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Global Poverty Research Group

Rights-based development:
The challenge of change and power


Jennifer Chapman, in collaboration and dialogue with,
Valerie Miller, Adriano Campolina Soares and John Samuel1

Global Poverty Research Group

SARPN acknowledges the ESRC Global Poverty Research Group as a source of this document: www.gprg.org
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Introduction

Where there is a need, a right is born.
Written on wall, Bariloche Argentina

Many social movements and NGOs have recognised the importance of integrating rights into development work, not as a separate approach but as an essential part of a holistic process. As a result the use of rights language in development work has increased in recent years and, as with many concepts, there are disagreements about definitions and approaches to rights and rights-based development2. While this lack of clarity can have its programmatic uses at times it is not helpful when trying to draw out and reflect on lessons emerging from its application: so we start by defining what we mean.

First we need to be clear about our understanding of development. For the authors development is not just about growth in individual or collective incomes or fair access to material resources or markets - though all may be important. Rather it is about increasing people's possibility and capacity to make the most of their potential to live as full creative human beings and to come together to build caring, supportive and accountable societies. It's about responding to people's basic needs for survival and aspirations for human dignity and respect. While all human beings and societies, whether privileged or poor, have the potential to 'develop' more fully, ActionAid International's (AAI) mandate and expertise is in working with those who are poor and marginalised as a way to overcome injustice and exclusion. We have a particular focus on women's rights, education and food rights.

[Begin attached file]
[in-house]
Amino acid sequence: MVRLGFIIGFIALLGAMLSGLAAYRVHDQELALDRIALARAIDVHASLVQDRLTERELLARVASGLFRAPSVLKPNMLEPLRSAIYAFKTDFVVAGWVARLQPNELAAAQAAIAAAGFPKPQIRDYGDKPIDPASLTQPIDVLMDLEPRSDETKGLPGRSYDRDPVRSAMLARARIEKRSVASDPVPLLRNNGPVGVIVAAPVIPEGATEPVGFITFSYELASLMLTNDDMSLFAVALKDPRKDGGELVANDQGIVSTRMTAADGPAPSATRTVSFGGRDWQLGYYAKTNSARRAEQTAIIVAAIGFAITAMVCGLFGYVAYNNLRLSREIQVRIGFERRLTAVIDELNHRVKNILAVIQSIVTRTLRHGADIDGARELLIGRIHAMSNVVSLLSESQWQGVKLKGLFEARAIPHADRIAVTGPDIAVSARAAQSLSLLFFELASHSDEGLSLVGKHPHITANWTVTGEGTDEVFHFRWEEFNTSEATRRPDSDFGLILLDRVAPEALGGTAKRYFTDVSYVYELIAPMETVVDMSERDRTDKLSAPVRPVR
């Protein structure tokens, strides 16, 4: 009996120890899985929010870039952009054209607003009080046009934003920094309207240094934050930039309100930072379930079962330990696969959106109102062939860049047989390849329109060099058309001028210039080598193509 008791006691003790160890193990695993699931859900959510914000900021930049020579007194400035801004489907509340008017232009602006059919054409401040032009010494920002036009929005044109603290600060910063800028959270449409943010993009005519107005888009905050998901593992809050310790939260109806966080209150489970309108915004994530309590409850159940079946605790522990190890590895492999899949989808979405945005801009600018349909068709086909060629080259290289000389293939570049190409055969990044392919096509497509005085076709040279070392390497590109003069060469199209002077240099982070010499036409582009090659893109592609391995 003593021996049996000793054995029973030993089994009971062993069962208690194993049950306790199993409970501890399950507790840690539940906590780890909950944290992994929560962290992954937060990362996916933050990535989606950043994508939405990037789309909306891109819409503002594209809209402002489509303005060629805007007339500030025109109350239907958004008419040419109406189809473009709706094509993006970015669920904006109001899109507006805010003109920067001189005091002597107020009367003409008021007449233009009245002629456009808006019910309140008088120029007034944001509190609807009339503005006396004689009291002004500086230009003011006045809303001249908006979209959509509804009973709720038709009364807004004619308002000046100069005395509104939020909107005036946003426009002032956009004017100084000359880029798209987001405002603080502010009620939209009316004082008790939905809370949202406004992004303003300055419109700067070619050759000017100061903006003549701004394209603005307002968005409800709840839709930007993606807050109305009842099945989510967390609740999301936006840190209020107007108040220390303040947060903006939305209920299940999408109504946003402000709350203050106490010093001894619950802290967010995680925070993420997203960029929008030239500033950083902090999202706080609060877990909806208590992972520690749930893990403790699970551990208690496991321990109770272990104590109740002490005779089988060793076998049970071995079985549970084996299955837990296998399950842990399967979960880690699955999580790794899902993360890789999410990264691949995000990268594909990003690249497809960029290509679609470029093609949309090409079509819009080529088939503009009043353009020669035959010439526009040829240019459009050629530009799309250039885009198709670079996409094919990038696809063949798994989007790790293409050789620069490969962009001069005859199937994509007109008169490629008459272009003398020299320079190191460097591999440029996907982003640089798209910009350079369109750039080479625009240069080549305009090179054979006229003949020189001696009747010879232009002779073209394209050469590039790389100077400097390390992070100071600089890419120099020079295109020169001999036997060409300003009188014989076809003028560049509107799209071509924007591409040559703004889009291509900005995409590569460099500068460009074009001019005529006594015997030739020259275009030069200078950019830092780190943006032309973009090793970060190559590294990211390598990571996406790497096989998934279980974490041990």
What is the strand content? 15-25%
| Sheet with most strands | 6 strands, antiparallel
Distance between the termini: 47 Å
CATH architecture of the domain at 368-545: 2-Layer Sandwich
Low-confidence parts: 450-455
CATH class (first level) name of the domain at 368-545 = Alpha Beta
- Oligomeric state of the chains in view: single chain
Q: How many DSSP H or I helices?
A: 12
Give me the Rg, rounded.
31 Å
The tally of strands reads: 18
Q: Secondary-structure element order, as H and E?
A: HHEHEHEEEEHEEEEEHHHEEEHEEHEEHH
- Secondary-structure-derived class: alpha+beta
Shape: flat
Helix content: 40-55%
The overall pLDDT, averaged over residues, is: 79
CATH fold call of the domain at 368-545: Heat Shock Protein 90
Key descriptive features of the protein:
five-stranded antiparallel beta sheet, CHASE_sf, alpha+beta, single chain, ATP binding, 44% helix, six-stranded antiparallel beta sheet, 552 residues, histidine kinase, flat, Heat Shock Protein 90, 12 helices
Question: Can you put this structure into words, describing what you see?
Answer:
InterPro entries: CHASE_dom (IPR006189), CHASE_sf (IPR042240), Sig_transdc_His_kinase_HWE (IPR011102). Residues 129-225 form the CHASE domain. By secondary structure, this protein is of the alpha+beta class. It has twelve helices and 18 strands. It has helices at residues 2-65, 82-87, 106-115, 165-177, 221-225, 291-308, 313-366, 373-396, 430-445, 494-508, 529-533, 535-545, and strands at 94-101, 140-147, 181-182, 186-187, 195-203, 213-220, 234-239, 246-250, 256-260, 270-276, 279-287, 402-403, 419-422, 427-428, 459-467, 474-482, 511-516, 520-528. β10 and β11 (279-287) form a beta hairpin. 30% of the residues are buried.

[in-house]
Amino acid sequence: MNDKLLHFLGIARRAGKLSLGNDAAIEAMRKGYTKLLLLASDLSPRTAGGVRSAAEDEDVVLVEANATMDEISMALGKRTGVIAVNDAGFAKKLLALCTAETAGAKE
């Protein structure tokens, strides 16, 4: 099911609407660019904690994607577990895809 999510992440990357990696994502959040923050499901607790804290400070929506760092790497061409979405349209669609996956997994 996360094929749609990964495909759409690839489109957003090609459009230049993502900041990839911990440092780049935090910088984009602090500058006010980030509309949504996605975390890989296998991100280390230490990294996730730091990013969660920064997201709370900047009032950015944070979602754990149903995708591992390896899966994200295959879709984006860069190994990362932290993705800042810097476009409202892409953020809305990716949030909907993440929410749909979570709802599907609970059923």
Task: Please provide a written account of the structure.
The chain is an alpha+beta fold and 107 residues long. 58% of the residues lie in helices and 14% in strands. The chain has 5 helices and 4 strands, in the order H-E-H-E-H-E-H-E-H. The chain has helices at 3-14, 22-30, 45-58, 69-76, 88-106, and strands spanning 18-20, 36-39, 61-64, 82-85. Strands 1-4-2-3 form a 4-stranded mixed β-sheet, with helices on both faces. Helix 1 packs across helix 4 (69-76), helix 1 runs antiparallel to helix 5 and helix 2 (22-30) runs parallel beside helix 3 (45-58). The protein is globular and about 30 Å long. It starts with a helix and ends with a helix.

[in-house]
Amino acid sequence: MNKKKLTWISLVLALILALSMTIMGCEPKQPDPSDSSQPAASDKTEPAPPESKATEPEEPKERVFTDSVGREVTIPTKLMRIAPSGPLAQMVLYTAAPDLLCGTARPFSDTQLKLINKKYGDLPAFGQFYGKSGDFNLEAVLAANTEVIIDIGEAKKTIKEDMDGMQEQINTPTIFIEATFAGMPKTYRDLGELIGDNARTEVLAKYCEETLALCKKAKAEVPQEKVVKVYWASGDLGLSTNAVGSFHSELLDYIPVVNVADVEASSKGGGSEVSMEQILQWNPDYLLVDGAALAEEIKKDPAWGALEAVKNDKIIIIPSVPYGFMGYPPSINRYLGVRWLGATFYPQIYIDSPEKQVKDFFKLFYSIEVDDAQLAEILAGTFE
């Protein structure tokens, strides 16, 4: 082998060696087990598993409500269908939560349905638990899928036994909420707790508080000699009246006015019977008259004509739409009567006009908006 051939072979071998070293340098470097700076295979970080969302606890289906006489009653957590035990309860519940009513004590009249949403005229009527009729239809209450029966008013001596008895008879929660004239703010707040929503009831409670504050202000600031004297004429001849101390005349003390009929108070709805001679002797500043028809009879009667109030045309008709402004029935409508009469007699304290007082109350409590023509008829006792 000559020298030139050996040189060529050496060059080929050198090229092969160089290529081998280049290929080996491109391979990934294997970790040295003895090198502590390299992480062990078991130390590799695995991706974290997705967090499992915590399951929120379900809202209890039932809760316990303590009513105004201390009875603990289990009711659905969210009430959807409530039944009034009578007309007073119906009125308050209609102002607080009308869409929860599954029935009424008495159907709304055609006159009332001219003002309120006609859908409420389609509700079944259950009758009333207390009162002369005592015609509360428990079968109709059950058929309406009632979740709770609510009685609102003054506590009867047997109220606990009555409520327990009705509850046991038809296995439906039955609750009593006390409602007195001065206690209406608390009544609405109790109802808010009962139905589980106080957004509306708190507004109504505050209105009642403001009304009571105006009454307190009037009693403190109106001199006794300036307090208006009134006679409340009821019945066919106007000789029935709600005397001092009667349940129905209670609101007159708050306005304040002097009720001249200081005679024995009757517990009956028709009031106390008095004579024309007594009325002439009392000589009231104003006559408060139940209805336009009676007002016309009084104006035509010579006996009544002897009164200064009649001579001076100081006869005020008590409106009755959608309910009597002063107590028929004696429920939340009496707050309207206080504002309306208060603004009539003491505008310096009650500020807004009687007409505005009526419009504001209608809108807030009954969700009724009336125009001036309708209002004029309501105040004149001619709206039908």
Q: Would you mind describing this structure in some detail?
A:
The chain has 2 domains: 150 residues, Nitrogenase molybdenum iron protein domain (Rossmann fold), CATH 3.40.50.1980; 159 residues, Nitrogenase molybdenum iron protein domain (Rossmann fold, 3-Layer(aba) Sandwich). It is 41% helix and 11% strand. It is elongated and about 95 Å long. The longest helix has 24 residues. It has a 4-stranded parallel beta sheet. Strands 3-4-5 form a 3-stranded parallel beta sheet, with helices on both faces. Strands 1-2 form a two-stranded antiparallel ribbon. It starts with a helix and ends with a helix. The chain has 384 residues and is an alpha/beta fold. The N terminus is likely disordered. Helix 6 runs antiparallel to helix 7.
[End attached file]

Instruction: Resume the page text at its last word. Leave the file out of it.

On one level, a rights-based approach to development builds on people's desire for dignity and the satisfaction of their basic needs. Over time people and organisations have broadened the traditional needs-based vision of development by expanding and reframing needs such as food, jobs, health and respect as human rights. They work to incorporate rights into laws and policies and to build alternatives and change ideas and attitudes that affect their fulfillment. Thus a rights-based development approach integrates the political side of development and change efforts - making legal frameworks more just and supportive of the rights of the poor and excluded - with the capacity-building and creative side - strengthening their skills, awareness and possibilities for designing alternatives. We see the potential for better impact with this new synergy that promotes strong social movements, political awareness, solidarity and concrete development alternatives to current neo-liberal models that prevent people from meeting their needs and fulfilling their rights.


Footnotes:
  1. Paper presented at the GPRG sponsored conference on The Winners and Losers from Rights Based Approaches to Development, Institute for Development Policy and Management, University of Manchester, 21-22 February 2005. During the development of this paper Jennifer Chapman served as the coordinator of AAI's three-year action research project and team studying advocacy, evaluation and learning; Valerie Miller of Just Associates served as special advisor and outside team member to the project; Adriano Campolina Soares and John Samuel,were AAI regional directors for the Americas and Asia respectively. This paper also draws on the work and thinking of AAI's research and action team including: Almir Peira Junior, Laya Uprety, Sarah Okwaare and Vincent Azumah. © Jennifer Chapman et al 2005.
  2. For example Marks (2003) has identified seven approaches through which human rights thinking is applied to development.


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